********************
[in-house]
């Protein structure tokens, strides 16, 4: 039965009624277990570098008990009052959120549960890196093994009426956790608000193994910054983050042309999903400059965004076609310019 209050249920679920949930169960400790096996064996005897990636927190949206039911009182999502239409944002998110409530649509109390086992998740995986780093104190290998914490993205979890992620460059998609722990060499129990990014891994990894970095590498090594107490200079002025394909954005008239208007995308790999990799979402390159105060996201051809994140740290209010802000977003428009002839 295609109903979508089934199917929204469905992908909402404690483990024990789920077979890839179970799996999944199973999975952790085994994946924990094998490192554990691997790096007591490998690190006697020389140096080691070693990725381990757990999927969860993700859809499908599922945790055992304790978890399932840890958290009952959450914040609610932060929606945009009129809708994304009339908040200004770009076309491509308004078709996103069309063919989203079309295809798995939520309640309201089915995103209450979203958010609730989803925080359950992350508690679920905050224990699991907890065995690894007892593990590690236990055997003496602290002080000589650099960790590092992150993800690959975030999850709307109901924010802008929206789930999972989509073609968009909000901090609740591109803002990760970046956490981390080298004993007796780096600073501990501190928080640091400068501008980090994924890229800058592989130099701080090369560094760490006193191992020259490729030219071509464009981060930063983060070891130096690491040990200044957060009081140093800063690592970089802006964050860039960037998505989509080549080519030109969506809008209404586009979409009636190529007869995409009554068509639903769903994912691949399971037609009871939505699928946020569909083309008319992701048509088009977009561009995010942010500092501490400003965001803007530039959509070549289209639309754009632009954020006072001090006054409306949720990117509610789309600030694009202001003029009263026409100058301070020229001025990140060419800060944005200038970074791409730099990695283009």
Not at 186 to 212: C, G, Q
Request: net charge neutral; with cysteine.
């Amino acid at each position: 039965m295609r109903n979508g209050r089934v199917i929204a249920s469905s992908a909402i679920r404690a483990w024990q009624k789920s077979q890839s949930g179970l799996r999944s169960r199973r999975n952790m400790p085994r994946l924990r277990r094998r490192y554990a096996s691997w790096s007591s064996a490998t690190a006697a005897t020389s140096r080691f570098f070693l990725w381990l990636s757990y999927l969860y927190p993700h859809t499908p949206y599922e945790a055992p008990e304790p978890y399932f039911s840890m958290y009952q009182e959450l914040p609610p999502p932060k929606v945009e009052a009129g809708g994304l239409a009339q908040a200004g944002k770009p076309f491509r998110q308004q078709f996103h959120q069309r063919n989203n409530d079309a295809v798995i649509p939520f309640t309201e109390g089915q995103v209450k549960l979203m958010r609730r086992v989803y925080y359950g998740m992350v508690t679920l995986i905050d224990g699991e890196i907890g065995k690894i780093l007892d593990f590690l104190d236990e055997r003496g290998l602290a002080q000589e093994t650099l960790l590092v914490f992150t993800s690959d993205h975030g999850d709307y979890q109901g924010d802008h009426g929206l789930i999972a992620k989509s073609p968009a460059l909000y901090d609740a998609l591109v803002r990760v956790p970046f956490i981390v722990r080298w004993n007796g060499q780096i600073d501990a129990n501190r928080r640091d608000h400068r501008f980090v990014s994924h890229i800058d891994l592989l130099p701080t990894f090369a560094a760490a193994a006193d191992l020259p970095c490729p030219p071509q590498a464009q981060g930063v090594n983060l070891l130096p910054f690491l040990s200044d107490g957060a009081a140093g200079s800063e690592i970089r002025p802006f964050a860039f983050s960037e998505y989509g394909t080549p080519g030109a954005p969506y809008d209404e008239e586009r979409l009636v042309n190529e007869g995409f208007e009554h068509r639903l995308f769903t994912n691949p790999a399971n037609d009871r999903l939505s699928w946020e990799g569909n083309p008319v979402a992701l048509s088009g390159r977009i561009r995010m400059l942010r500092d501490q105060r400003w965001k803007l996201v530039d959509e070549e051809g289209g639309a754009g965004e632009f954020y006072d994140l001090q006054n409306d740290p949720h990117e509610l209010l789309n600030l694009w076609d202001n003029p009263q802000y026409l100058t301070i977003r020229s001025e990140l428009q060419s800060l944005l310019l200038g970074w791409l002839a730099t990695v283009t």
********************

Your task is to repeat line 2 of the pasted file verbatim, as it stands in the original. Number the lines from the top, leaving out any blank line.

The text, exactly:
């Protein structure tokens, strides 16, 4: 039965009624277990570098008990009052959120549960890196093994009426956790608000193994910054983050042309999903400059965004076609310019 209050249920679920949930169960400790096996064996005897990636927190949206039911009182999502239409944002998110409530649509109390086992998740995986780093104190290998914490993205979890992620460059998609722990060499129990990014891994990894970095590498090594107490200079002025394909954005008239208007995308790999990799979402390159105060996201051809994140740290209010802000977003428009002839 295609109903979508089934199917929204469905992908909402404690483990024990789920077979890839179970799996999944199973999975952790085994994946924990094998490192554990691997790096007591490998690190006697020389140096080691070693990725381990757990999927969860993700859809499908599922945790055992304790978890399932840890958290009952959450914040609610932060929606945009009129809708994304009339908040200004770009076309491509308004078709996103069309063919989203079309295809798995939520309640309201089915995103209450979203958010609730989803925080359950992350508690679920905050224990699991907890065995690894007892593990590690236990055997003496602290002080000589650099960790590092992150993800690959975030999850709307109901924010802008929206789930999972989509073609968009909000901090609740591109803002990760970046956490981390080298004993007796780096600073501990501190928080640091400068501008980090994924890229800058592989130099701080090369560094760490006193191992020259490729030219071509464009981060930063983060070891130096690491040990200044957060009081140093800063690592970089802006964050860039960037998505989509080549080519030109969506809008209404586009979409009636190529007869995409009554068509639903769903994912691949399971037609009871939505699928946020569909083309008319992701048509088009977009561009995010942010500092501490400003965001803007530039959509070549289209639309754009632009954020006072001090006054409306949720990117509610789309600030694009202001003029009263026409100058301070020229001025990140060419800060944005200038970074791409730099990695283009």